Who Is Known as an Educator?

Dr. Jennifer Bracey

October 11, 2022

Health Policy

An educator plays a vital role in the lives of their students. Not only do they train students academically, they also help to mold their personalities and emotional health. They are a student’s mentor, guide, confidante, and friend. They may also specialize in particular subjects, such as religion and spirituality.

Sal Khan

Sal Khan is an educator and entrepreneur who has been described as the “future of education.” Currently a 33-year-old MIT graduate with an MBA from Harvard, he has been singled out as one of the most innovative and influential minds in the field of education. His education-related endeavors include creating and launching the Khan Academy, which now serves more than 24 million students a month in over 190 countries and 50 languages. His educational innovations have helped transform education for generations to come.

Sal Khan’s success started with a simple video tutorial he created for his niece. She was not prepared to take advanced math classes, so he filled the gaps with short videos and got her into advanced math classes. The model he developed was later adopted by half a million educators and is now revolutionizing the way that education works.

William McGuffey

William McGuffey was an American educator, college professor, and university president who is most famous for writing the McGuffey Readers, the first widely used series of elementary school textbooks. In his long career, McGuffey won numerous awards and was recognized as a great educator.

McGuffey was born in Pennsylvania and was educated in a classical setting. He attended the Old Stone Academy in Darlington, Pennsylvania, and later Washington College, where he graduated with honors. Afterwards, he became a professor of ancient languages at Miami University in Oxford, Ohio.

McGuffey wrote a number of textbooks, including the New England Primer. He believed education and religion were interconnected. He even established a one-room school in his hometown of Calcutta, Ohio, where he taught for four years. By the time he was fourteen, he had become an expert on both biblical and moral subjects. A few years later, he was approached by Truman & Smith and asked to write graded books for primary students.

Emma Willard

While teaching in New York, Willard saw an inequity in girls’ education and promoted a comprehensive plan to improve women’s education. In 1819, she sought funding for a female educational institution. The New York State legislature rejected her proposal, but a coalition of women and prominent men rallied to support her.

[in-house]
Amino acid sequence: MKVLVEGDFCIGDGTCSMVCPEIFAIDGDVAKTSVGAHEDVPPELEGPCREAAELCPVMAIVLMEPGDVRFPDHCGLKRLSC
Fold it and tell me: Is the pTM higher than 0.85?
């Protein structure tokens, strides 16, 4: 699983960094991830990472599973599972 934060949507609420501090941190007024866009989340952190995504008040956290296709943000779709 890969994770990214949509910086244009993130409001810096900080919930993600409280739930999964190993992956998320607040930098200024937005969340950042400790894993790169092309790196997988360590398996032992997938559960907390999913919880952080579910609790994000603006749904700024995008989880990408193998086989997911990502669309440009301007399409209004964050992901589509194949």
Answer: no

She became the head of the Troy Female Seminary, and she taught until 1838. Afterwards, she remarried Dr. Christopher Yates, and together they settled in Boston. However, the two divorced in 1843. In the meantime, Willard toured the world, promoting women’s education. She was assisted by her assistant, Celia M. Burleigh, and she even set up a school for women in Athens, Greece.

Willard’s early education was somewhat limited, but she displayed a natural aptitude for academic work. Her father, Samuel Hart, encouraged her to study. He would interrupt her domestic duties to read philosophical essays to her. When she was thirteen, Willard taught herself geometry and was enrolled in the Berlin Academy. She taught in a school in Berlin for a few years before opening a boarding school in Middlebury, Vermont, in 1808.

Jaime Escalante

Jaime Escalante is a Bolivian educator who came to the United States in 1963 in search of better opportunities. He spoke little English but worked hard to learn the language and educate himself about teaching in the United States. His determination to succeed led him to teach math at Garfield High School in Los Angeles. Although the school was notorious for gangs and drug use, Escalante worked with troubled students to change it for the better. Today, he is credited with helping countless students get a better education.

Although his teaching style was largely criticized by his colleagues, it was a catalyst for change. He decided to teach in a Latino school because of his knowledge of the Chicano language and the fact that it was closest to his neighborhood in Monrovia. The school was located in East Los Angeles, so he decided to take a trip there to see what life would be like for his students.